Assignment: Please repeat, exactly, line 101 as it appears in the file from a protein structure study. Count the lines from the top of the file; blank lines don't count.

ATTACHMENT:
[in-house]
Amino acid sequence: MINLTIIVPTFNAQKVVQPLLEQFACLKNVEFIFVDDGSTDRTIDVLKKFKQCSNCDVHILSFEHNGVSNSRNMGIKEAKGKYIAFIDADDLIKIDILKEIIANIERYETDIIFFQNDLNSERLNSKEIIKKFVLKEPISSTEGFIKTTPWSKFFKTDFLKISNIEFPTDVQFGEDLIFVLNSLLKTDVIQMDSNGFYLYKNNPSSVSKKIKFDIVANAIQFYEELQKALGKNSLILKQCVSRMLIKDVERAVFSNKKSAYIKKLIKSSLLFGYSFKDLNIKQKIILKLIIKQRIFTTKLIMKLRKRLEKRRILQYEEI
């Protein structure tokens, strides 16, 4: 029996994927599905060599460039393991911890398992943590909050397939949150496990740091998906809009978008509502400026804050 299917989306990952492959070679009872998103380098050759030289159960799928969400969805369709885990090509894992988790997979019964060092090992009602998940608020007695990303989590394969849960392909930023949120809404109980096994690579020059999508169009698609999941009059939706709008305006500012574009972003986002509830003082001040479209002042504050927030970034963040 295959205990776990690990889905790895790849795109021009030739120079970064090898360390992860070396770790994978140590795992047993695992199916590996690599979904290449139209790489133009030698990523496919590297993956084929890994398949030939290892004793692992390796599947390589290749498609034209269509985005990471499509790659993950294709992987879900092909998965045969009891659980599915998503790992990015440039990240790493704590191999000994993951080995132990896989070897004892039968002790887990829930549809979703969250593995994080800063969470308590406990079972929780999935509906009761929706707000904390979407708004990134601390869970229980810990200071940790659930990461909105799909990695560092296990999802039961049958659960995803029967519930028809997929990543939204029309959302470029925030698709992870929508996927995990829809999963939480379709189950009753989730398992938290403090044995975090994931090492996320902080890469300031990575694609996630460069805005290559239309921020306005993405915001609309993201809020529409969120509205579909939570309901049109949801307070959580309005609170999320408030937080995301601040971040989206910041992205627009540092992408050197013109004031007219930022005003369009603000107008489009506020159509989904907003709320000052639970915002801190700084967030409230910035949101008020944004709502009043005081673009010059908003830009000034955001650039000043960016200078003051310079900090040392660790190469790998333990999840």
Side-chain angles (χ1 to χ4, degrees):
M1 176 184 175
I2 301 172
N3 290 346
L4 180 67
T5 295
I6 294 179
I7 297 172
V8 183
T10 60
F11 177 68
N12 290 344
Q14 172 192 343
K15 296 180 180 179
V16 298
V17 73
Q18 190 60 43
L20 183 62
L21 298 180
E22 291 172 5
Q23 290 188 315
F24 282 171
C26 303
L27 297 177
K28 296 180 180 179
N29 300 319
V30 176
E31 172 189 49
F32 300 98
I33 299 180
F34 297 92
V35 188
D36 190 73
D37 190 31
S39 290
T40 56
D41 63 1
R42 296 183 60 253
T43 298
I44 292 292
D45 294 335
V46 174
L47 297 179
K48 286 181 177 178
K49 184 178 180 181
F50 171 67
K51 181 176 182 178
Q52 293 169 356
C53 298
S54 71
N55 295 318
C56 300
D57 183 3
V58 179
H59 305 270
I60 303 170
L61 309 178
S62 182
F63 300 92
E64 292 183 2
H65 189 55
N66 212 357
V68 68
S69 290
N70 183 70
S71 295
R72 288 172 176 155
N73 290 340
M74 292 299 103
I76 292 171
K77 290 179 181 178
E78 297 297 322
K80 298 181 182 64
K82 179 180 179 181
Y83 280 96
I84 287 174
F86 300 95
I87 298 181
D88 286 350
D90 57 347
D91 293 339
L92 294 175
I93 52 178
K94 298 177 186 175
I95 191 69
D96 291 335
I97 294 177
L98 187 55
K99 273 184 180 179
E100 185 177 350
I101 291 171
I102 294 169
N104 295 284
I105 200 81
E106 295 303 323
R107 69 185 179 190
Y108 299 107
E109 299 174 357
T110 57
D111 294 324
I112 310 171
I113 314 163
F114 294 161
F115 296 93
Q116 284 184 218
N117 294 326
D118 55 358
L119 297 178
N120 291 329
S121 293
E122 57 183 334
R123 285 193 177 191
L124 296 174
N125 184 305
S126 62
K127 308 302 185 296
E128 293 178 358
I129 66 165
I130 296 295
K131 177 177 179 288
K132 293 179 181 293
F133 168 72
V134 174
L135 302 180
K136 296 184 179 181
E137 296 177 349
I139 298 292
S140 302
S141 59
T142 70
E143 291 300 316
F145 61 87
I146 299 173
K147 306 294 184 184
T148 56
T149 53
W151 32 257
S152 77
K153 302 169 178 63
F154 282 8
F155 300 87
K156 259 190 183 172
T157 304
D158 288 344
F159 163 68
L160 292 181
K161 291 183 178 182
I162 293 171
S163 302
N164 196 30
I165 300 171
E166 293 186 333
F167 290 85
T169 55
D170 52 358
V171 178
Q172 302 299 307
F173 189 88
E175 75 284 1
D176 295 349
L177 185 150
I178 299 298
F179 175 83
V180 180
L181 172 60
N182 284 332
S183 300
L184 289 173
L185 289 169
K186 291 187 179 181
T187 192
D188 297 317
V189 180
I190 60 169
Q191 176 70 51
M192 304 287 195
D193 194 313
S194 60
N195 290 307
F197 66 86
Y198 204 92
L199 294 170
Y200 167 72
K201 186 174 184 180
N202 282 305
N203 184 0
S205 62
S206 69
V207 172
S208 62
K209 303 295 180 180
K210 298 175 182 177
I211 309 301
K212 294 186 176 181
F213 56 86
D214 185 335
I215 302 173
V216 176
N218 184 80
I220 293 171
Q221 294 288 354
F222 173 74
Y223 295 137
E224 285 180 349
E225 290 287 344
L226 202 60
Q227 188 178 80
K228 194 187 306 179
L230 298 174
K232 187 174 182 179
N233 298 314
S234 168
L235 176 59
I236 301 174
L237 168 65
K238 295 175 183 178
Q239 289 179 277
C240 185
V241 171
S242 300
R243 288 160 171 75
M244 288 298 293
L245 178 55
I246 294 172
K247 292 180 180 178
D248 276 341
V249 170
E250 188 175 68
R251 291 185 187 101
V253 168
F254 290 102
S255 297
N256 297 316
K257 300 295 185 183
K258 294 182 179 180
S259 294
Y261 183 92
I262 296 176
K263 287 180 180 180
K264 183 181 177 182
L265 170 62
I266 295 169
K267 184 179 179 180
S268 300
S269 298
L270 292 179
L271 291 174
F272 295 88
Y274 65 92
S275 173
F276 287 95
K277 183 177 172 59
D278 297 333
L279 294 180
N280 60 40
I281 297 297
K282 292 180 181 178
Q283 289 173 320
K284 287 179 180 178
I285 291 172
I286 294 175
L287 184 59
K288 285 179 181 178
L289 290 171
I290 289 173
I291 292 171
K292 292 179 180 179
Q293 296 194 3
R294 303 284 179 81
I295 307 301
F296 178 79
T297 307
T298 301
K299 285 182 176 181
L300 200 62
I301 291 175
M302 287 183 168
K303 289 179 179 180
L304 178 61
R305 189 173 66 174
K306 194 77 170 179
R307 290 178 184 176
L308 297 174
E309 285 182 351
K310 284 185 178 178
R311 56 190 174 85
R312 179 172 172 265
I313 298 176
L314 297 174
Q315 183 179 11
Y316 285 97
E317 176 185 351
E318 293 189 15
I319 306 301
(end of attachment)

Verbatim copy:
E109 299 174 357